Yesterday, the OPP released statistics
compiled for the force's 2011-12 Festive R.I.D.E. (Reduce Impaired Driving Everywhere) program. The results were described as "bothersome news" to the Commissioner of the OPP.
The campaign began on Nov. 25 and ended on New Year's Day. During that time period, 1,203 drivers, believed to be impaired or of having excess alcohol in their system, were nabbed. Of the total, over half of the drivers (652) were charged criminally with the offence of impaired driving. The remaining 551 registered a "warning" when they blew into a roadside screening device and had their driver's licences administratively suspended. A roadside screening device registers a warning if the person's blood alcohol concentration (BAC) is between .05 and .08.
Most people who are charged with impaired driving, face a second charge. They are either charged with having a BAC exceeding .08 or if they refuse to provide adequate breath samples, they are charged for refusing.
While the number of administrative suspensions decreased from 613 during the same time period last year, to 551, the number of criminal impaired charges more than doubled. During the Festive R.I.D.E. program in 2010-11, only 308 impaired driving charges were laid.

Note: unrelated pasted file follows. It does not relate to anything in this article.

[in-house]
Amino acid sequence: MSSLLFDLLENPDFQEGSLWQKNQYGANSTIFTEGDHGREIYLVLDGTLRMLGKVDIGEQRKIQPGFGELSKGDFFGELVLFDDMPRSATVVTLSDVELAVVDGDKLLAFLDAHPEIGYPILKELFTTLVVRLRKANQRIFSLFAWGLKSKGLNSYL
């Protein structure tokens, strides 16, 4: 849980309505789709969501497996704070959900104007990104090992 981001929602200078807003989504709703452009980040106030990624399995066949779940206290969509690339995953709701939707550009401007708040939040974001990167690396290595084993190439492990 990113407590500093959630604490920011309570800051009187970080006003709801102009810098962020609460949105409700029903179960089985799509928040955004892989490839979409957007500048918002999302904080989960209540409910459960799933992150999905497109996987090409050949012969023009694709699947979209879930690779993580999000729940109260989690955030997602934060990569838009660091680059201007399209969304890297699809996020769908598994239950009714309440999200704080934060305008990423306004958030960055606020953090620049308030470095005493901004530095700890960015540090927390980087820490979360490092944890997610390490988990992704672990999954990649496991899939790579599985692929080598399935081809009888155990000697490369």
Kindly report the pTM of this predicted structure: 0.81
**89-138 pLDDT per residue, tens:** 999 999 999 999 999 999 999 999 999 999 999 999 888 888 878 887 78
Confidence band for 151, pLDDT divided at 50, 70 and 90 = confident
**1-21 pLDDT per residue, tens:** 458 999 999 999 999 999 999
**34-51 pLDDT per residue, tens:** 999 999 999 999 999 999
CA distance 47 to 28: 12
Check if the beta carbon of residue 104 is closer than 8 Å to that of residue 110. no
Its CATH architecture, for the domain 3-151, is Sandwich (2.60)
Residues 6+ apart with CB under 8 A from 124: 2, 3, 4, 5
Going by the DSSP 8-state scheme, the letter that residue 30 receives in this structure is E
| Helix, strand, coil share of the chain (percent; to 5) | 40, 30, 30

The OPP Commissioner, Chris Lewis, said,
On one hand, I am extremely proud of the hard work on the part of our officers who made the campaign highly effective in removing these dangerous drivers from our roads over the holidays. On the other hand, I am disappointed that these drivers would risk their lives and the lives of others.
During 2011, 47 people died as a result of an impaired driver on the roads patrolled by the OPP.
and related drinking and driving offences under the Criminal Code carry mandatory minimum punishments. A person convicted of impaired driving, over 80, or refusing a breath test, is subject to a minimum fine of $600 and a licence prohibition of between one and three years. For a second offence there is a minimum jail term of 14 days and a prohibition of between two and five years. For a third or subsequent offence, the accused must be sentenced to a minimum of 90 days in jail. The minimum driving prohibition is three years but up to a lifetime ban may be imposed.
A person who registers a "warn" must immediately surrender their licence to a police officer. Under Ontario's Highway Traffic Act
, they are administratively suspended from driving for three days for a first suspension, seven days for a second, and 30 days for a third or subsequent suspension. Unlike criminal charges, there is no appeal from these administrative suspensions.
The OPP did not keep records of how many stops their officers made during the program. So it is not clear whether the increase in alcohol related driving is due to more people drinking and driving, greater enforcement, or a combination of both.
The OPP is warning the public that even though the R.I.D.E. program is over, they will still be out looking for impaired drivers.